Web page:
RVD on the road to recovery
Former Intercontinental Champion Rob Van Dam has been out of action since January with a serious knee injury. Since that time, he's been hard at work on the road to recovery. Aside from an appearance on ECW One Night Stand and Monday Night RAW the night he was drafted, WWE fans haven't been able to see on RVD on TV. WWE.com caught up to Mr. Monday Night to get his thoughts on his injury, future, ECW and more.
WWE.com: How's the knee feeling?
RVD: The knee's feeling pretty good. It takes a long time to come back from an ACL replacement. The meniscus was also repaired. It's been seven months now. From what I've heard from athletes that have had this done before and from doctors and therapists, they say to expect 12 months before the ACL is 100 percent. It's feeling good right now. It's a little sore because I've been having some intense workouts and therapy, but at the same time no one wants me to come back too early because I can re-injure it. So, I'm at a point now where I'm going to get tested in a few days to find out what kind of expectations we can have for my return.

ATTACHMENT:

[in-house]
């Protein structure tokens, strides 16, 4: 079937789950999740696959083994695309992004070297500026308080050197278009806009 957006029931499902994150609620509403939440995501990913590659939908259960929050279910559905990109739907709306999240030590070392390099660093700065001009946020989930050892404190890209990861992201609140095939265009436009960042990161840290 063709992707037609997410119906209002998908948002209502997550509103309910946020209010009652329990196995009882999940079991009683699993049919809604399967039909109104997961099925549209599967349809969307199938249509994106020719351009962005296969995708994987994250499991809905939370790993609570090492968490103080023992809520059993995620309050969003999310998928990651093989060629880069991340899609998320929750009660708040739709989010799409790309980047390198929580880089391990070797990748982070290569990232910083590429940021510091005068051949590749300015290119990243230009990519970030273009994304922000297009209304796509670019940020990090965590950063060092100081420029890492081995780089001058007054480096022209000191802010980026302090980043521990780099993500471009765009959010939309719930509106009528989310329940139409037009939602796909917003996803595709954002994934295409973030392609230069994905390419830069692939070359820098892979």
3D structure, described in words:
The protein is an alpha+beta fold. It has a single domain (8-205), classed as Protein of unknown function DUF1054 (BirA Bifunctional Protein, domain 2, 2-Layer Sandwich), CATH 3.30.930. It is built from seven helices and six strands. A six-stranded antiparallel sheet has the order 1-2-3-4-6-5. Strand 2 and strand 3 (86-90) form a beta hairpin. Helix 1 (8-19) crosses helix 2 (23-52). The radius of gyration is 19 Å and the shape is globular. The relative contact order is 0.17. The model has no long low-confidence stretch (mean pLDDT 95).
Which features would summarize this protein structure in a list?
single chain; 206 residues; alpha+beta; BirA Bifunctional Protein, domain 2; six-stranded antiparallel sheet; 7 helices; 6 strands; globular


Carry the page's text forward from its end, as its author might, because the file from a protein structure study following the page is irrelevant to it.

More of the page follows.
WWE.com: When are you hoping to be cleared to return?
RVD: The actual plan is to go back to Dr. Andrews who did the surgery. They're going to test me at their facilities and give me an idea of when to expect to go back to work. I've never been through this before, so I don't know what to expect. My knee isn't causing me a lot of pain, and I feel a lot better than I did before the surgery, but in my mind I know there's no way I can go back to work tonight full-time and hit that Five-Star Frogsplash every night. I really don't want to return to the ring until I'm back to my 100 percent, acrobatic, athletic self. And one thing is for sure, I don't take it easy when it's time to go to work, so you can be sure once I go out there I'll be testing everything I've got.
WWE.com: What kind of rehab have you had to do?